Directed by Mysskin
Produced by Ronnie Screwvala,, Siddharth Roy Kapur
Written by Mysskin
Starring: Jeeva, Nithisree baskar, Narain, Pooja Hegde, Nasser, Selvaah
Music by Kay
Editing by Gaugin
Studio UTV Motion Pictures
Release date: August 31, 2012
Before heading to theatres, you have to clear your thoughts that Mugamoodi will be no Hollywood flick rather a Tamil movie, which has taken inspiration from the Hollywood superhero movies, made for the Kollywood audience.
Directed by Mysskin, who is known for making critically-acclaimed films, the movie is a tribute to Chinese-American actor Bruce Lee.
Mysskin‘s approach to Mugamoodi is realistic, like before, and he has not tried to add unnecessary commercial elements. He has blended the qualities (in film) of Bruce Lee and Batman to give birth to our superhero. It has to be noted that he has not projected Jeeva as a man with extraordinary qualities taken birth to save his people, but a hero, who works within his limits to serve for a cause.
The movie kick-starts on a serious note and tries to draw your attention in the opening scene itself. A gang of robbers unsettle the city by robbing the riches and killing them. The issue awakes the cops after the gang loots for the seventh time.
Cop Gaurav (Nassar) is being appointed to catch the culprits. We are also introduced to Bruce Lee aka Anand aka Mugamoodi, who has been trained in Kung Fu by Chandru (Selvaah), and the baddie played by Narain.
Being a jobless, Bruce Lee often lands in fights and gets nice tongue-lashing for his acts from his father. When his father points his finger at his guru for being useless to his family, the son objects his father’s statement on his guru for his mistakes. During one of his fights, he gets caught by Shakti, the daughter of cop Gaurav, and she gets him arrested. His anger on her, turns to love in his second sight and in order to meet her at home, he dons the superman avatar, which accidentally makes him help the cops to catch a culprit involved in the robbery.
The outcome of the incident is that Bruce Lee learns a new form of Kung Fu, which is not thought by his guru, thereby giving hints of the latter’s past. What is Chandru‘s flashback? How does his love for Shakti give a twist to the story? How Narain is connected to Chandru? Answers to all these questions should be seen on-screen.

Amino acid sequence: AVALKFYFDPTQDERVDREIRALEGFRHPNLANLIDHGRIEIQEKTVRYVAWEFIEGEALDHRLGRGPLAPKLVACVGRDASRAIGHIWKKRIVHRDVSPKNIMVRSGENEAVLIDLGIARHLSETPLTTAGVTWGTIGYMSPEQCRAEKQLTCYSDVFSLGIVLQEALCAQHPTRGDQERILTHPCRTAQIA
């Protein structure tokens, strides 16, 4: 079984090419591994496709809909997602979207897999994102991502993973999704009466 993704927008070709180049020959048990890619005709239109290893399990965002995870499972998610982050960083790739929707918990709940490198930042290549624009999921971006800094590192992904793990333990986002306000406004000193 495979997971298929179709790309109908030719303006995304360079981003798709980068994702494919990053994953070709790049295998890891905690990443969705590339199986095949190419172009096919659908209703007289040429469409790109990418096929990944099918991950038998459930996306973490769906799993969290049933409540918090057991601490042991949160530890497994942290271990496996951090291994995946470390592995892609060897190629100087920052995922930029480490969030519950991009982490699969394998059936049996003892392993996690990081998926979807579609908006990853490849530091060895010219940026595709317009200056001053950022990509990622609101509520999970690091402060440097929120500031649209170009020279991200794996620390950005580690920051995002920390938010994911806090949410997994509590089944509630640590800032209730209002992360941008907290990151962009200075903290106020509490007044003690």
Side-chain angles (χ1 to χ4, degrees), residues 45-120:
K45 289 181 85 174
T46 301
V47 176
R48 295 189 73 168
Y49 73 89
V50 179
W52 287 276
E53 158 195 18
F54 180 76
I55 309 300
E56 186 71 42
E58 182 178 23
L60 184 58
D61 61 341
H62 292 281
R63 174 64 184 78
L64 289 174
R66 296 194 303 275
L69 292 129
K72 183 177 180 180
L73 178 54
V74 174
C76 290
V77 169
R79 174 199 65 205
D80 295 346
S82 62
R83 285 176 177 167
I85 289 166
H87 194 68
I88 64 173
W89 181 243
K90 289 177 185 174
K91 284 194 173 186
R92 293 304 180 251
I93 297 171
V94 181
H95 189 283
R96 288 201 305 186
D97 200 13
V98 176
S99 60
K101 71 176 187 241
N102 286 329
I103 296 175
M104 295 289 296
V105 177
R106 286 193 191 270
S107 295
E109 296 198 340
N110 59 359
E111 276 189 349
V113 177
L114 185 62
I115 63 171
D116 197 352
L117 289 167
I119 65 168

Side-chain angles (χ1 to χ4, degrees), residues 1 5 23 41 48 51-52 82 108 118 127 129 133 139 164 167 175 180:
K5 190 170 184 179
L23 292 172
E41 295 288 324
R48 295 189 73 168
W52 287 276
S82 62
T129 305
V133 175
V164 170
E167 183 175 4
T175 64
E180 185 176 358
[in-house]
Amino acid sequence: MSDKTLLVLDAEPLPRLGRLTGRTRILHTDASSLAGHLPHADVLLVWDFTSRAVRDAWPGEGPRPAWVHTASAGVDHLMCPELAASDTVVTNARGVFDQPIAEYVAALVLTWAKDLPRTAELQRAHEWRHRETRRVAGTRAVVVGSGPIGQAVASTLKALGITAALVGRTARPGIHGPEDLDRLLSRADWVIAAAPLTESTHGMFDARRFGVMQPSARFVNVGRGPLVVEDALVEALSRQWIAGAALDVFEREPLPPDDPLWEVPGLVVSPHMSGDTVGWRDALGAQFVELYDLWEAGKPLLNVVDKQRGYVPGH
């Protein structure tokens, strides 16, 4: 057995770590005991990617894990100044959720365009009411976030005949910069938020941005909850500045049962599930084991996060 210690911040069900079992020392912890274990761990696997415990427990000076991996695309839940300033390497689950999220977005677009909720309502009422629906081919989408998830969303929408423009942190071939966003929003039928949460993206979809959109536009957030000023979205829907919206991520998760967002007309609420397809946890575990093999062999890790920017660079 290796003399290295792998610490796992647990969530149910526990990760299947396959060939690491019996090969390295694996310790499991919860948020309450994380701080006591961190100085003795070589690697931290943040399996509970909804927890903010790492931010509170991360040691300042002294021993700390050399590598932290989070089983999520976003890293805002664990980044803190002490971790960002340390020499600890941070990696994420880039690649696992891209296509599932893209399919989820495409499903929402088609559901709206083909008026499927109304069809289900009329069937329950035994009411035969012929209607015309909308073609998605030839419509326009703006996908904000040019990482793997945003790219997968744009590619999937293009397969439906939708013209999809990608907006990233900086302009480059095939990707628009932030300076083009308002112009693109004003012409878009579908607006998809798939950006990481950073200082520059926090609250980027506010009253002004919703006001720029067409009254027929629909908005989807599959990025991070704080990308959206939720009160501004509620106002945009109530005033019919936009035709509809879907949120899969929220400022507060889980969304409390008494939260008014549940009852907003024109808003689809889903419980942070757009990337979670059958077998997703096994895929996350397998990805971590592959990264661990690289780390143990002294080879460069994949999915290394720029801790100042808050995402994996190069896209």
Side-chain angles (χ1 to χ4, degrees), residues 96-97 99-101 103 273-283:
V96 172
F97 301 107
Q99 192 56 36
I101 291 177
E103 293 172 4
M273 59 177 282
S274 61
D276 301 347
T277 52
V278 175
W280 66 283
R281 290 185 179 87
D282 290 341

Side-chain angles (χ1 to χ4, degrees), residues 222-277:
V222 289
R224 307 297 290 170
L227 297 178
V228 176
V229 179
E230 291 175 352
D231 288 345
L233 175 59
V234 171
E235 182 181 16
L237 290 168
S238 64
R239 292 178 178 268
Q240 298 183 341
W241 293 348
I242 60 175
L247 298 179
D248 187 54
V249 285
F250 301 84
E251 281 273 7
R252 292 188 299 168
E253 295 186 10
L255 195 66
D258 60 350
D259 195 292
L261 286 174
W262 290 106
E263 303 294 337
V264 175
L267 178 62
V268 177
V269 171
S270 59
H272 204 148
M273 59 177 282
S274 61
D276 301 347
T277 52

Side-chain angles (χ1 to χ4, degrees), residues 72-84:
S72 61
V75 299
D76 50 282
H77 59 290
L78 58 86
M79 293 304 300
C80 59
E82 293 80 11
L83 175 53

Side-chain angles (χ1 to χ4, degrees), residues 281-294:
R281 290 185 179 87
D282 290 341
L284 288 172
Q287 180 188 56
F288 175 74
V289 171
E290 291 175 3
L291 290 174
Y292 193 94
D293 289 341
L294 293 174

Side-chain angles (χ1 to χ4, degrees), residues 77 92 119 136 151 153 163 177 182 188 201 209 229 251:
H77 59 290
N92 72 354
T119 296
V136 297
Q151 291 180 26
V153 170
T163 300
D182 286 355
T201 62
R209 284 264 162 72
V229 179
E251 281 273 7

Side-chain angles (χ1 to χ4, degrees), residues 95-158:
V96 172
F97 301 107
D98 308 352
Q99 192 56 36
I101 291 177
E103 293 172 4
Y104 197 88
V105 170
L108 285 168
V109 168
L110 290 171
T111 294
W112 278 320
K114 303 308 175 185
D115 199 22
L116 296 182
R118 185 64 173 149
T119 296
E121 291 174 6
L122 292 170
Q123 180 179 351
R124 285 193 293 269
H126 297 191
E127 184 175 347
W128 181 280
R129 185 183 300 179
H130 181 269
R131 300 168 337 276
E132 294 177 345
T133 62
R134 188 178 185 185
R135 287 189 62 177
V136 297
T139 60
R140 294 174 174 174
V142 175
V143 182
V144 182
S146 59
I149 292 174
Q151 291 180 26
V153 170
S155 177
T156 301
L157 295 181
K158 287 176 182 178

The story of Mugamoodi, unlike Hollywood movies, is not a complex tale to understand. Mysskin does not hurry in his story telling and narrates it in his own time. The progress of the characters are slow and believable. It seems like the director wanted to make Mugamoodi a franchise, as the heroism of the superhero will only start in the later part of the second half.
The interesting factor about the movie is that it has not glorified the main roles with superhuman qualities rather restricted to human limits. Adding to that the fights, scenes and characters, all are realistic which have to be appreciated. Especially, the action sequences and chases are treat to watch.
Jeeva wins the show through his astounding performance. His acting is good but his action sequences get full marks. Narain has tried to imitate Joker – made famous by Heath Ledger – of The Dark Night and Pooja Hegde makes a good start in her career, as she has done decent job. Technically, Sathya‘s cinematography is brilliant, and Kay’s three songs have already become chart busters. His background score has set the right mood to watch.
On the flip side, the slow narration and absence of the regular masala-element might not go well the some sections of the audience and there are jerks at screenplay. Mugamoodi would have a better appeal if the length of the movie would be reduced.
Verdict: It’s worth a watch.